It could work so much better if there is a summary table at the back of the paper programme which shows every event in a time-scale like a TV listing. They can be grouped either by the key districts or by event categories, or even both if you produce 2 separate tables. People can then plan their routes easily according to the available hours they have and then look up for further details of the events after consulting the time-scale table. The table can also be made interactive online so by clicking on the event listed one can be diverted to the details and have the opportunity of marking it on google maps or so.

Life Track by Vajiko Chachkhiani 

3. Think Across the Spectrum

The event can become a big annual draw as the equivalent of something between Notting Hill Carnival or Frieze Art Fair which blends static installations with video works and live performances.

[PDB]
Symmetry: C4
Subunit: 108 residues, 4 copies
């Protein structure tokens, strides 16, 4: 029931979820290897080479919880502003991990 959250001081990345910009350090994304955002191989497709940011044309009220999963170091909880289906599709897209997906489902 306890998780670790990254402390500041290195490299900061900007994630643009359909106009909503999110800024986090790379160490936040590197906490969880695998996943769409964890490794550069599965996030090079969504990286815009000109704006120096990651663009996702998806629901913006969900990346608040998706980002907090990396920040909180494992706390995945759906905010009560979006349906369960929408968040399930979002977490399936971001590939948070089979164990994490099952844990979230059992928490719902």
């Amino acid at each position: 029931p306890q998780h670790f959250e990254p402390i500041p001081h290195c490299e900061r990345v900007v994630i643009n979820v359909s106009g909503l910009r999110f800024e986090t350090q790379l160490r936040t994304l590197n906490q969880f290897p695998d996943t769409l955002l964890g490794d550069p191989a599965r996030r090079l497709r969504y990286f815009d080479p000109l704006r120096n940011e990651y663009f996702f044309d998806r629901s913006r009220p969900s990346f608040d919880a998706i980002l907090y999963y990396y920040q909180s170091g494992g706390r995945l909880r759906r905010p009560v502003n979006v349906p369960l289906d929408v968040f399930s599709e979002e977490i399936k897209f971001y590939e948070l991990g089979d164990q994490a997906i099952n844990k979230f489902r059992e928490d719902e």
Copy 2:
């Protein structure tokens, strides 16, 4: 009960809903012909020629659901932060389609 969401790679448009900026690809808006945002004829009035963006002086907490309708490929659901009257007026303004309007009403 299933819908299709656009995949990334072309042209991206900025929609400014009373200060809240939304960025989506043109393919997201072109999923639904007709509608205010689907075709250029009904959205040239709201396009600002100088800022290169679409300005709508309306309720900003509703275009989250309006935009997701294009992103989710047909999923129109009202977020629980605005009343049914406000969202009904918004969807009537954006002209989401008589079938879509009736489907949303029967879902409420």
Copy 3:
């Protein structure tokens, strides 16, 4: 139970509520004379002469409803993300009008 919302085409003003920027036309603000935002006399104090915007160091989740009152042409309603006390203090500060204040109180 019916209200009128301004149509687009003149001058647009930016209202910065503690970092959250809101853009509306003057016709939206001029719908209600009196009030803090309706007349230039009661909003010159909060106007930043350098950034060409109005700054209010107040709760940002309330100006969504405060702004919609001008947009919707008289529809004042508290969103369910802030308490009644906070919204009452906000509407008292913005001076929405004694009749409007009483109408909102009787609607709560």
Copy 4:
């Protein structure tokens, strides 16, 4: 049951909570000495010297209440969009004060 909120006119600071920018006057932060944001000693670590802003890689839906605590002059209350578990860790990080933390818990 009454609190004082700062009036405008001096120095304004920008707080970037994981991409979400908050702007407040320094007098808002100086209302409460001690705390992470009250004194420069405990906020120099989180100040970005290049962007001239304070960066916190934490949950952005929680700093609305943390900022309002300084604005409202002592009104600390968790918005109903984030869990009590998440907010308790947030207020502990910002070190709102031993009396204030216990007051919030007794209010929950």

It can also be a great mascot of London's push for the 24/7 night time agenda. We should seize this opportunity to consider what collaboration possibilities can be made with different sectors and create more creative opporunities in future.

In most occasions, the 'exhibition' component of the participating galleries are closed before 10pm even the overall Art Night is advertised to continue throughout the night till 6am. Most events happening beyond midnight are after parties with musicians/artists. If it wants to be truly diverse and multi-faceted, why we cannot have both exhibitions and parties open the whole night long?

Is there a possibility for cross-time-zone cross-platform co-creation? Live stream something from other parts of the world where people are still awaken in day time, so that becomes part of the events happening in London at the same time? Can this become something like a global art night marathon of a few different cities hosting it around the clock?